In particular, Seattle experienced a large rent increase this past year despite a projection that 12,000 rental units will be added to the market by the end of the year. Portland, which also experienced an impressive increase in average annual rents, did so even as 4,000 units were added in the city. In fact, Portland saw its occupancy rate jump a full percent this past year. San Francisco, which has also added thousands of units recently, saw an occupancy rate increase of 1.2%.
"So far, it appears aggressive rent hikes and new construction hasn't had a negative impact on occupancy rates," according to the RealFacts report.
Though there seems to be no signs of rent increases slowing down, the report warned that the market will soon become oversupplied: The increased availability of new rentals, coupled with the rise in interest rates, will eventually lead to a downturn in the rental market.
Additionally, more people will turn to buying as an affordable alternative. That's because even though home prices rose 7% in the last year, outpacing rent increases, the gap between buying and renting is still quite large.
reported this year that buying is much more affordable than renting in all of the 100 largest metro areas in the nation. According to mortgage lender
, buying is an average of 41% cheaper than renting nationwide.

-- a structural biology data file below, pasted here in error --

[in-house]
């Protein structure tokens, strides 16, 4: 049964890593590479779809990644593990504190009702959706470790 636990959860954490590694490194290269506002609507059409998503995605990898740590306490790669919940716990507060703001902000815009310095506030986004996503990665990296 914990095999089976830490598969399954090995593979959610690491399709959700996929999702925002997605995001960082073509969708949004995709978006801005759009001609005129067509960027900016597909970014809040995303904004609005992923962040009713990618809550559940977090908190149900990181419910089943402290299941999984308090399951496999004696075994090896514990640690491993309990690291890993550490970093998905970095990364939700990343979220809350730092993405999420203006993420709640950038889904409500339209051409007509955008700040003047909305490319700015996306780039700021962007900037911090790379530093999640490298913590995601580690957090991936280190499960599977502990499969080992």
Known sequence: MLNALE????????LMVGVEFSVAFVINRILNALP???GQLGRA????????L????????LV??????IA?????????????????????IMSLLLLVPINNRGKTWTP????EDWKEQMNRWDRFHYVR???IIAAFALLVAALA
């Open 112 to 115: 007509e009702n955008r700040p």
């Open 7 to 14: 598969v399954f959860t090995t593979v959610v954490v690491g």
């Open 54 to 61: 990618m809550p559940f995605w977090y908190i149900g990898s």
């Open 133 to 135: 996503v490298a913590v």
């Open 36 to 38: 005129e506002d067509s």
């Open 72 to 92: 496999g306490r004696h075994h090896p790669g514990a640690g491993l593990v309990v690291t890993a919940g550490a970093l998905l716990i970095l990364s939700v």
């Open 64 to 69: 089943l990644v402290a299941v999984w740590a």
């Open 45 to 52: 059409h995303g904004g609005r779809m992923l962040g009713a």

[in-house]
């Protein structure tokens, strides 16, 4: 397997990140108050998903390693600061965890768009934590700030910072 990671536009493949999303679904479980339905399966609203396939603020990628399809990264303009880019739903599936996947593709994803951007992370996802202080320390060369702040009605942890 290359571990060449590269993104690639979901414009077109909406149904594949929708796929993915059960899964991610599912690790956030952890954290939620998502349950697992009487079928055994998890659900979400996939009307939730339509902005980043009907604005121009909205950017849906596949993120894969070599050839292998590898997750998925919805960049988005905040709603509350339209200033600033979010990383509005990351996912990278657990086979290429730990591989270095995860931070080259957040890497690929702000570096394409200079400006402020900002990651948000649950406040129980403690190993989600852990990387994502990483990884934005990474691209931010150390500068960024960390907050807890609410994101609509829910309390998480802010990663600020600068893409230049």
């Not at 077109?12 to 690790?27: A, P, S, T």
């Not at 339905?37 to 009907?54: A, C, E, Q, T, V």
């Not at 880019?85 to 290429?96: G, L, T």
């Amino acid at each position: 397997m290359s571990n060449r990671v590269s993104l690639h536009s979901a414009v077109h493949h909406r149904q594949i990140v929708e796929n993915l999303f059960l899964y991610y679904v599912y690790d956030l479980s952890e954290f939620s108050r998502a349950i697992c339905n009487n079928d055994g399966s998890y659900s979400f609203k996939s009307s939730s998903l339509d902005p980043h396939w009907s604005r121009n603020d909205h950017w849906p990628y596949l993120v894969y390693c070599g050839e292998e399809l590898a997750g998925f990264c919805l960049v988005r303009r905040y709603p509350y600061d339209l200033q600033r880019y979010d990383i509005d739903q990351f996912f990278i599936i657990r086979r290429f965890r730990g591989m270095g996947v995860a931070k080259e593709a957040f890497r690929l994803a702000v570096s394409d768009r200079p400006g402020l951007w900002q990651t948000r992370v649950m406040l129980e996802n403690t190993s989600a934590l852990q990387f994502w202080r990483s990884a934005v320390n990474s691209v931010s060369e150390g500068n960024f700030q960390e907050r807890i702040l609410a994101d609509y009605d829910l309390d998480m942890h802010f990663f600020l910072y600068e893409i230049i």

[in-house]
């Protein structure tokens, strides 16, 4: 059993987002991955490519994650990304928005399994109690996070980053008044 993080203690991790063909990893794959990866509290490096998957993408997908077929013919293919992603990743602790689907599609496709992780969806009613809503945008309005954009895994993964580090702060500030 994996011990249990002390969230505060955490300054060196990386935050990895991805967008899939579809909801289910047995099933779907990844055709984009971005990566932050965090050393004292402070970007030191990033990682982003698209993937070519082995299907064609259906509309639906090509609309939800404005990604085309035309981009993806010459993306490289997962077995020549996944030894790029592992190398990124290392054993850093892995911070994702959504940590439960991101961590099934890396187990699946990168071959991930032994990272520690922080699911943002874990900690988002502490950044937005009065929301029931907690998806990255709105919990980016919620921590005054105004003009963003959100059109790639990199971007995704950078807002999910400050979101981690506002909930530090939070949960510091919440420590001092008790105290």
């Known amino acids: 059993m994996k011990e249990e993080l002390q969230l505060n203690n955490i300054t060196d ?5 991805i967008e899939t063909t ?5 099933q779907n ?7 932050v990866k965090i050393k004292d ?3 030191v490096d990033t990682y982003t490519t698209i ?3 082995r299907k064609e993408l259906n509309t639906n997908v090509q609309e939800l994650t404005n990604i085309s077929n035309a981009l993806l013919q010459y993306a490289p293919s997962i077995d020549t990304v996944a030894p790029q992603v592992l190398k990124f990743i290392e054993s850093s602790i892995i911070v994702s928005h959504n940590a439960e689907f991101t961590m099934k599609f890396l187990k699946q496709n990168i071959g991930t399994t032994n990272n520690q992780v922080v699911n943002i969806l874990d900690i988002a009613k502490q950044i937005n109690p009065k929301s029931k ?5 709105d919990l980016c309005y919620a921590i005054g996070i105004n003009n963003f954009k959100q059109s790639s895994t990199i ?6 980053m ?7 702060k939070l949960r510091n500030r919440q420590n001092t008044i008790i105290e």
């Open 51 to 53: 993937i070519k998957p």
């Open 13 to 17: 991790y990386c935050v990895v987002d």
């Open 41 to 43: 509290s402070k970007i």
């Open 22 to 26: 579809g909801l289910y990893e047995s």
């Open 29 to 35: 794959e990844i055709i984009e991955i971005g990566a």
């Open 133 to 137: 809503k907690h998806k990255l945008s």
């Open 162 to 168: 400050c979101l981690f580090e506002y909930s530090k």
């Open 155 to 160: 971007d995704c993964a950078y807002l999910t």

When examined on a regional level, buying isn't much cheaper than renting in cities in the Northeast or in California as compared with cities in the Midwest. For example, buying is 19% cheaper than renting in San Francisco but 70% cheaper in Detroit. In New York, buying has remained 26% cheaper for the past couple of years.
Despite the regional fluctuations in price, though, it looks as though buying will be the cheaper option for some time to come no matter where you live. That is because 30-year fixed rates on home purchases would need to reach 10.5% to become the more expensive option. Currently, the rate is only at 4.4%.
RealFacts predicts that sometime in 2014-15, rent rates will begin to stall as the rate of homeowners rise and renters decline.
Until then, renters will have to grit their teeth and wait it out -- or start shopping around for their own home.